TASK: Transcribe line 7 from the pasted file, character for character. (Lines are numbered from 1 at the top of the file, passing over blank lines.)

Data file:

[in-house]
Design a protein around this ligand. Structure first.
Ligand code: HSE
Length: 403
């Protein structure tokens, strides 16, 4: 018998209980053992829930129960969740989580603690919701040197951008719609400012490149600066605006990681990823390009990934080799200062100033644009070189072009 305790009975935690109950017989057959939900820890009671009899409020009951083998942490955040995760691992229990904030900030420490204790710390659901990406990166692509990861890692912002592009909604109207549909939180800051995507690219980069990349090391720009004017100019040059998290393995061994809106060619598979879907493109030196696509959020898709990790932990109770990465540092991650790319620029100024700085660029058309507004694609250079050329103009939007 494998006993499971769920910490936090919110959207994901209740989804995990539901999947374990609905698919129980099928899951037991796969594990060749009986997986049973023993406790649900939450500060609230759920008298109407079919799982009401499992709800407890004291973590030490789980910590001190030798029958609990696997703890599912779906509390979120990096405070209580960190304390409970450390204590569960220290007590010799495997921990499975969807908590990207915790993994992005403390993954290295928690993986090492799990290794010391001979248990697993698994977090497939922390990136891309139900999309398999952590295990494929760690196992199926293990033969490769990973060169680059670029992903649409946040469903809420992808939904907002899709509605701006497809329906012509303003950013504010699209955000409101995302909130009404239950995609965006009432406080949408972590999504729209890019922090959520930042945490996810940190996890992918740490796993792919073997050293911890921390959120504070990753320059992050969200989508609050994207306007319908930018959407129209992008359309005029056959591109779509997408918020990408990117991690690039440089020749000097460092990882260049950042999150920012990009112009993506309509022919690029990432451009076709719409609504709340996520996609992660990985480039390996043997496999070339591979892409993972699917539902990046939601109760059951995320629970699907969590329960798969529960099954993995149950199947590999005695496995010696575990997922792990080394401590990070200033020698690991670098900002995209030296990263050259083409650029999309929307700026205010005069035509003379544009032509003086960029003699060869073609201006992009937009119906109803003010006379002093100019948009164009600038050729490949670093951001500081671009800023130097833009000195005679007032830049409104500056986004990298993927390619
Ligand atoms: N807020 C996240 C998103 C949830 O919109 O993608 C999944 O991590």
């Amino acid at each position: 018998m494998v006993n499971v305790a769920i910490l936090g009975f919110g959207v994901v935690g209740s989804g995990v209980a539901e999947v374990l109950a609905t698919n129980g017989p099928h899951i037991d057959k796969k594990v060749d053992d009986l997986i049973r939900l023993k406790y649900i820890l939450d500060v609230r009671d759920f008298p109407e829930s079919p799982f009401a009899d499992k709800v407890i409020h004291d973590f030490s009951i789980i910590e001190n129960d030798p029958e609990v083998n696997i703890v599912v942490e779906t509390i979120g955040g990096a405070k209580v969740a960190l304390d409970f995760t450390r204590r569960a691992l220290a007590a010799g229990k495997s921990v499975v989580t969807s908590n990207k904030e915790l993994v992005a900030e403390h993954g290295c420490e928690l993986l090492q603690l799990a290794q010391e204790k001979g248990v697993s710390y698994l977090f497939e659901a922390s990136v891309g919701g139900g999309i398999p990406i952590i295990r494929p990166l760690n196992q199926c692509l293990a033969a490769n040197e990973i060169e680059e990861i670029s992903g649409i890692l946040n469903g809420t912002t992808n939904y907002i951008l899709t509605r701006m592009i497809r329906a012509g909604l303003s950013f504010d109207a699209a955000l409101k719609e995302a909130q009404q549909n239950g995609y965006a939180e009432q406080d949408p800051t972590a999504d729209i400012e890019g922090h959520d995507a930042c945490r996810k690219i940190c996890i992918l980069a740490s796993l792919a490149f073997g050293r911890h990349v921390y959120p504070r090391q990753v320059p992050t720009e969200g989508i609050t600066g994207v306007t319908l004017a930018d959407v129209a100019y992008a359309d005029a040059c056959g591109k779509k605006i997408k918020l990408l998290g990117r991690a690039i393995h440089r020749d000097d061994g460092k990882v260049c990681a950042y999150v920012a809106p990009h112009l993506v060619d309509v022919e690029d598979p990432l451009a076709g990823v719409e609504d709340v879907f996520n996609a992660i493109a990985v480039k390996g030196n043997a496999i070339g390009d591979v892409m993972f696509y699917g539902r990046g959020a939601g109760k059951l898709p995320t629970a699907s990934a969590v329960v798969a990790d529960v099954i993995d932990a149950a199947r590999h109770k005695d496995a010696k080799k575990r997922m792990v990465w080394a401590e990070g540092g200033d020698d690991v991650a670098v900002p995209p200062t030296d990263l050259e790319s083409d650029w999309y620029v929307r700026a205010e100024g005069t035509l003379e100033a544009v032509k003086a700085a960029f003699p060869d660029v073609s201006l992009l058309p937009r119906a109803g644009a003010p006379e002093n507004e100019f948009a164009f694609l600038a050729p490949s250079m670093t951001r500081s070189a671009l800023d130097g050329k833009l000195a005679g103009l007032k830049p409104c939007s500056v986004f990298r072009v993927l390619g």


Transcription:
């Amino acid at each position: 018998m494998v006993n499971v305790a769920i910490l936090g009975f919110g959207v994901v935690g209740s989804g995990v209980a539901e999947v374990l109950a609905t698919n129980g017989p099928h899951i037991d057959k796969k594990v060749d053992d009986l997986i049973r939900l023993k406790y649900i820890l939450d500060v609230r009671d759920f008298p109407e829930s079919p799982f009401a009899d499992k709800v407890i409020h004291d973590f030490s009951i789980i910590e001190n129960d030798p029958e609990v083998n696997i703890v599912v942490e779906t509390i979120g955040g990096a405070k209580v969740a960190l304390d409970f995760t450390r204590r569960a691992l220290a007590a010799g229990k495997s921990v499975v989580t969807s908590n990207k904030e915790l993994v992005a900030e403390h993954g290295c420490e928690l993986l090492q603690l799990a290794q010391e204790k001979g248990v697993s710390y698994l977090f497939e659901a922390s990136v891309g919701g139900g999309i398999p990406i952590i295990r494929p990166l760690n196992q199926c692509l293990a033969a490769n040197e990973i060169e680059e990861i670029s992903g649409i890692l946040n469903g809420t912002t992808n939904y907002i951008l899709t509605r701006m592009i497809r329906a012509g909604l303003s950013f504010d109207a699209a955000l409101k719609e995302a909130q009404q549909n239950g995609y965006a939180e009432q406080d949408p800051t972590a999504d729209i400012e890019g922090h959520d995507a930042c945490r996810k690219i940190c996890i992918l980069a740490s796993l792919a490149f073997g050293r911890h990349v921390y959120p504070r090391q990753v320059p992050t720009e969200g989508i609050t600066g994207v306007t319908l004017a930018d959407v129209a100019y992008a359309d005029a040059c056959g591109k779509k605006i997408k918020l990408l998290g990117r991690a690039i393995h440089r020749d000097d061994g460092k990882v260049c990681a950042y999150v920012a809106p990009h112009l993506v060619d309509v022919e690029d598979p990432l451009a076709g990823v719409e609504d709340v879907f996520n996609a992660i493109a990985v480039k390996g030196n043997a496999i070339g390009d591979v892409m993972f696509y699917g539902r990046g959020a939601g109760k059951l898709p995320t629970a699907s990934a969590v329960v798969a990790d529960v099954i993995d932990a149950a199947r590999h109770k005695d496995a010696k080799k575990r997922m792990v990465w080394a401590e990070g540092g200033d020698d690991v991650a670098v900002p995209p200062t030296d990263l050259e790319s083409d650029w999309y620029v929307r700026a205010e100024g005069t035509l003379e100033a544009v032509k003086a700085a960029f003699p060869d660029v073609s201006l992009l058309p937009r119906a109803g644009a003010p006379e002093n507004e100019f948009a164009f694609l600038a050729p490949s250079m670093t951001r500081s070189a671009l800023d130097g050329k833009l000195a005679g103009l007032k830049p409104c939007s500056v986004f990298r072009v993927l390619g």